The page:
As the album progresses it becomes evident that the band has created more space for melody this time but this whole decision has a ‘catch’. As ‘light’ as the melody may feel, so much more ‘brutal’ and heavier its ‘collapse’ will be towards the second half of the tracks. ‘Verbose‘ and ‘48k‘ somehow refer to the emotions that were created at the beginning of this album and thus close the chapter that is this album…you would think…By watching the video of ‘48k‘ a new dimension opens up as this track is referring to Dubna 48K which was a Soviet clone of the ZX Spectrum home computer that was released in 1991 (perhaps the track ‘1991’ also refers to this). The video clip that starts with the destruction of ZX Spectrum, combines extracts from various retro computer games such as ‘Space Invaders’ one of the earliest computer shooting games that was launched in 1978, ‘Chuckie Egg‘ and ‘Asteroids‘.This is a band that loves heavy music and has probably enjoyed the analog environments of the first computer games so much that they decided to bring back some of their glory. Even though I am a fan of post apocalyptic fantasy games myself, I admit that I had not researched further the past of these games so…time to try my luck with ‘Chuckie Egg’ then…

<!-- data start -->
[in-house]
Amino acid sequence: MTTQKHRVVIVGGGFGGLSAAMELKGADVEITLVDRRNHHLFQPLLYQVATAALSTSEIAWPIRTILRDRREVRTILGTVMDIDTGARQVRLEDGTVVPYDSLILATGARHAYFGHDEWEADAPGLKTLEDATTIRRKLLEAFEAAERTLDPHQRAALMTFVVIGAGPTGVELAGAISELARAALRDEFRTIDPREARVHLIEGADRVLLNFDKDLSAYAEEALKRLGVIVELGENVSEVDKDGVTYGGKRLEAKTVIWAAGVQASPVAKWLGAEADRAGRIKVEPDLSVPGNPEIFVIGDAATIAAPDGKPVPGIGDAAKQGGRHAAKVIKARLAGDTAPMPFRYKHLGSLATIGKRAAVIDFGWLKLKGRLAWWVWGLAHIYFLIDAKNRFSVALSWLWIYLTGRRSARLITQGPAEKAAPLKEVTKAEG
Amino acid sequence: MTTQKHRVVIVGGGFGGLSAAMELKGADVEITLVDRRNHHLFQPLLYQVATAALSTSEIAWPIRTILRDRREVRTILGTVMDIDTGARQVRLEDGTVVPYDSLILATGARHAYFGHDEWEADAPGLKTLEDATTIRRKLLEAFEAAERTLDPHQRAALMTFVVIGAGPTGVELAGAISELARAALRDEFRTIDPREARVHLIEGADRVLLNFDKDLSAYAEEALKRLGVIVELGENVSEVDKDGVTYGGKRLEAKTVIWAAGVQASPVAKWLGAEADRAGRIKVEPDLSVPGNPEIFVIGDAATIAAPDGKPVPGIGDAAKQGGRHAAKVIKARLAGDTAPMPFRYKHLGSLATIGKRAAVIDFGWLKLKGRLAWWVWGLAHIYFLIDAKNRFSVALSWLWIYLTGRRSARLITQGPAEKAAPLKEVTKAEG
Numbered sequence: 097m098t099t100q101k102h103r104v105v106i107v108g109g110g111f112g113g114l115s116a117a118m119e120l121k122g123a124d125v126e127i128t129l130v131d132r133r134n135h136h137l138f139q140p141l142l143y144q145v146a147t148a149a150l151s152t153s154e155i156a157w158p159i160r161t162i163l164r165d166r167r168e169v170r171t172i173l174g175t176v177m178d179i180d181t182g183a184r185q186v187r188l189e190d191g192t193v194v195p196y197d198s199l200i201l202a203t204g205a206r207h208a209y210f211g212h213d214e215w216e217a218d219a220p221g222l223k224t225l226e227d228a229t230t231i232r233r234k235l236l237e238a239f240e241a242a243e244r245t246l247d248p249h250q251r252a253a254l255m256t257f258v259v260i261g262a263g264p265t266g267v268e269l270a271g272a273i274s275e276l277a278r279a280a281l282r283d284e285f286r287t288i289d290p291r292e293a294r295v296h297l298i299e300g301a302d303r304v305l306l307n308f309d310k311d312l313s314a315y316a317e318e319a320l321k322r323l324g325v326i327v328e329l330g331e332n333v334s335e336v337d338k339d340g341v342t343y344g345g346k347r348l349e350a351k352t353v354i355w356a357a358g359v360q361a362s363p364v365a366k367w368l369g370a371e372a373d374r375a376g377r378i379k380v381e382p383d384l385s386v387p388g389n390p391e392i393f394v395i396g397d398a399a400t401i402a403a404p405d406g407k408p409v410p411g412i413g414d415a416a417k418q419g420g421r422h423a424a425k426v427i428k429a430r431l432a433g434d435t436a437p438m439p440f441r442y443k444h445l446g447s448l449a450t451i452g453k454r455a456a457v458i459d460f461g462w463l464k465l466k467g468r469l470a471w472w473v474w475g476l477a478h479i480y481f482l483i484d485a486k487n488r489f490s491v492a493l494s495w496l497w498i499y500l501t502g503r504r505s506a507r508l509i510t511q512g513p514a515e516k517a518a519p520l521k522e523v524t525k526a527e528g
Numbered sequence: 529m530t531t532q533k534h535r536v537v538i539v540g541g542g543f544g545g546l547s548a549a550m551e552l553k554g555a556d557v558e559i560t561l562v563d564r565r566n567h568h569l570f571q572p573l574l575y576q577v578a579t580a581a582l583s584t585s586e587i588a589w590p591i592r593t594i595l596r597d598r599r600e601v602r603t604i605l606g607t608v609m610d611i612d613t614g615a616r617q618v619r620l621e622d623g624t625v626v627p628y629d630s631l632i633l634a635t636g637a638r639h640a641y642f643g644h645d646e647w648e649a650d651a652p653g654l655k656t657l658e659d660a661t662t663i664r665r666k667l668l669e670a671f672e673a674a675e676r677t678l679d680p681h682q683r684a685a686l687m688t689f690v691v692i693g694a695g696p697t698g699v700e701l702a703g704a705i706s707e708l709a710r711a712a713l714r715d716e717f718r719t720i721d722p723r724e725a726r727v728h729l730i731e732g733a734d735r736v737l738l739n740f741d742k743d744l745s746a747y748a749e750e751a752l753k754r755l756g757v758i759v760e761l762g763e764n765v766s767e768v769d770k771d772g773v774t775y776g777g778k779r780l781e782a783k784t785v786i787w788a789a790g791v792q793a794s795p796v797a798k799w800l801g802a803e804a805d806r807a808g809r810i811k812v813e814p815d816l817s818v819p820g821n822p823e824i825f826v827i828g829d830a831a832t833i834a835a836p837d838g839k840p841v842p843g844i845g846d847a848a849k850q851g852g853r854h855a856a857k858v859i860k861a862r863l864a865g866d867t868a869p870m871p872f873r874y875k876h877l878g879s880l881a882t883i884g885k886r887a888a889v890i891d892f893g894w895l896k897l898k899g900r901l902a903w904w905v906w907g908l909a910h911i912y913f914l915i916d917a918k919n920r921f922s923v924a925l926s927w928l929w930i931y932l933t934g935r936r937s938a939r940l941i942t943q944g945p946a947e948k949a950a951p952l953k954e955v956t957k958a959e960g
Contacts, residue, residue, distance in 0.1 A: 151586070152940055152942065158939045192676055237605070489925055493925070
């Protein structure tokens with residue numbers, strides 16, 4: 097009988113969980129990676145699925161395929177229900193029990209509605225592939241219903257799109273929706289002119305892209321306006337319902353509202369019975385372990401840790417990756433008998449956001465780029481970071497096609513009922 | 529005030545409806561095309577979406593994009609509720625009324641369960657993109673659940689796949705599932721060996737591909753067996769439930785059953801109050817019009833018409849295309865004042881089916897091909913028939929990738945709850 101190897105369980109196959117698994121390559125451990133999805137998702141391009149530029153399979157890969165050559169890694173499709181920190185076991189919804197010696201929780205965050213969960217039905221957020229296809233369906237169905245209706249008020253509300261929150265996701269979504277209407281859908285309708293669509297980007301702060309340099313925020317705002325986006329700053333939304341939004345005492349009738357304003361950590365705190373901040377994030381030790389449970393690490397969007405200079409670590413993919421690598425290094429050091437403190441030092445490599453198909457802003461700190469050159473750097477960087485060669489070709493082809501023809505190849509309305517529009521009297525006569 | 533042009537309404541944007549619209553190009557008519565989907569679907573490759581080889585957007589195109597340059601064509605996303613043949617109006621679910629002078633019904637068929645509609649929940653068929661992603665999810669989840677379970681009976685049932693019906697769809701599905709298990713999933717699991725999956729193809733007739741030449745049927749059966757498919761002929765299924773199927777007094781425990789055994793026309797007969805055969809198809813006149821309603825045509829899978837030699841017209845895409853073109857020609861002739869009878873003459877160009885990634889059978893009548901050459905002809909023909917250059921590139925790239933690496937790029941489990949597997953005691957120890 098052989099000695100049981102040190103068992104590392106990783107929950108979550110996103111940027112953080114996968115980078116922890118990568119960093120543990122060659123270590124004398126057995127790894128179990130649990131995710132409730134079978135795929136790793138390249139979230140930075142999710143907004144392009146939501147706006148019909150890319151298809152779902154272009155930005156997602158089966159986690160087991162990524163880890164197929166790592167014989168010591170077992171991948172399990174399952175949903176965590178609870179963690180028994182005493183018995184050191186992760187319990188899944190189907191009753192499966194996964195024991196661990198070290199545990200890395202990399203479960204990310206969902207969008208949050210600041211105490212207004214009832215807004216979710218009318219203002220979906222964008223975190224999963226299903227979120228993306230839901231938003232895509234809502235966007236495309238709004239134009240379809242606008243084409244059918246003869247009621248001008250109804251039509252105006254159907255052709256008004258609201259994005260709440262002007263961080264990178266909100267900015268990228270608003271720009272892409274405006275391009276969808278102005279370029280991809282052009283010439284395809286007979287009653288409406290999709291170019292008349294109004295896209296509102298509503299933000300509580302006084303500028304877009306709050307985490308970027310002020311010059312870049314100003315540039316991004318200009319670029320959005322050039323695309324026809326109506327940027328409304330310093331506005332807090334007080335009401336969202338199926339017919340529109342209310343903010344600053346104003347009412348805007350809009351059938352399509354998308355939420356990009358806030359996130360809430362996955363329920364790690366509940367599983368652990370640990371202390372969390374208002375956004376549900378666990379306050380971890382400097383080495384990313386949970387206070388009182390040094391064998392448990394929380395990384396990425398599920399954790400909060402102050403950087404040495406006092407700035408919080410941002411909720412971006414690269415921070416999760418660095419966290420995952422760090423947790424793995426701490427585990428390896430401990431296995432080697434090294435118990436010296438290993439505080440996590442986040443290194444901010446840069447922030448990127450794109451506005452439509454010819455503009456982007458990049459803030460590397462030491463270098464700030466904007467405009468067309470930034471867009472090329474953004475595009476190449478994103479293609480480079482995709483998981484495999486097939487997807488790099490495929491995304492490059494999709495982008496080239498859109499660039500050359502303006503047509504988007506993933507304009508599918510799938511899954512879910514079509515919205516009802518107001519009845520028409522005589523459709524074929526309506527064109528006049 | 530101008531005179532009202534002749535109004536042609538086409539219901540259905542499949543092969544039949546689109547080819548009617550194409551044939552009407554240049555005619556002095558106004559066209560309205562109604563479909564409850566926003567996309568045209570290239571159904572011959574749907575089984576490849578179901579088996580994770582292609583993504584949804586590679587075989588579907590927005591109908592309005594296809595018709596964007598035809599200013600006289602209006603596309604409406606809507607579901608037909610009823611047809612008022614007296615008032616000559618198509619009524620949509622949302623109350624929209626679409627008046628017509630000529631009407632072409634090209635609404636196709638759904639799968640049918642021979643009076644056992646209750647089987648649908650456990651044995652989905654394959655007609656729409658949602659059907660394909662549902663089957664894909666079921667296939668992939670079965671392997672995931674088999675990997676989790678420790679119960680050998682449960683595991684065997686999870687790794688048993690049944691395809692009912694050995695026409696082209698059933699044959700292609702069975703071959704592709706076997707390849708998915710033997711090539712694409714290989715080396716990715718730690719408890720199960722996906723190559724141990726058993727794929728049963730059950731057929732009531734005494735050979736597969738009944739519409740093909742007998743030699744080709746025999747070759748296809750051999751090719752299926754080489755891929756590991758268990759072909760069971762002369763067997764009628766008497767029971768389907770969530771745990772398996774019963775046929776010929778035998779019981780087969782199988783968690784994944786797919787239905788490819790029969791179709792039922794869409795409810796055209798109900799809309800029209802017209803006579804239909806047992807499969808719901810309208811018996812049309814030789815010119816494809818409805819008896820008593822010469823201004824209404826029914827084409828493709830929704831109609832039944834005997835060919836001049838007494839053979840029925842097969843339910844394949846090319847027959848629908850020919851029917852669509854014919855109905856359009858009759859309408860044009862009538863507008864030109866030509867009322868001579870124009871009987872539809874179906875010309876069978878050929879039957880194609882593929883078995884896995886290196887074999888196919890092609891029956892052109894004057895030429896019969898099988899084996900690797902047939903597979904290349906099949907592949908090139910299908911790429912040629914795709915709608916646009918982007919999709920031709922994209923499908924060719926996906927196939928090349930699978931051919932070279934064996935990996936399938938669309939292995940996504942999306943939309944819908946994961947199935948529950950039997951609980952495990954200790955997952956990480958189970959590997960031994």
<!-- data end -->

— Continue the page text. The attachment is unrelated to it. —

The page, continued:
The Fierce And The Dead know better and do better as one would expect, by adding the next piece of what is their puzzle to the end of this album and they do so perfectly with the majestic track entitled ‘Parts 7 and 8‘.
The reason I really love this band is that somehow they give more meaning, different meaning to their music, they create mental images and they play with the concept that is ‘heavy’ sound, with great skill!
I cannot ‘shake’ the first impression that this album created on me.The alteration of rhythms and the ‘weight’ of the melodies, immediately created the mental image of a half machine half ‘monster’ that wanders around a field while no one else is around, trying to think what to do next.The videos completely altered this mental image by giving to it a funny, playful and really creative twist.

The next chapter and the next piece of the puzzle will be revealed at the next album of the band and we can’t wait for it even though we really haven’t had enough of ‘The Euphoric’. In the meantime, The Fierce and The Dead will be on a UK tour whose stop in London would be on November 10th 2018 at The Lexington.You can grab your tickets from here and you can get a copy of ‘The Euphoric’ from here.

Blaue Rosen box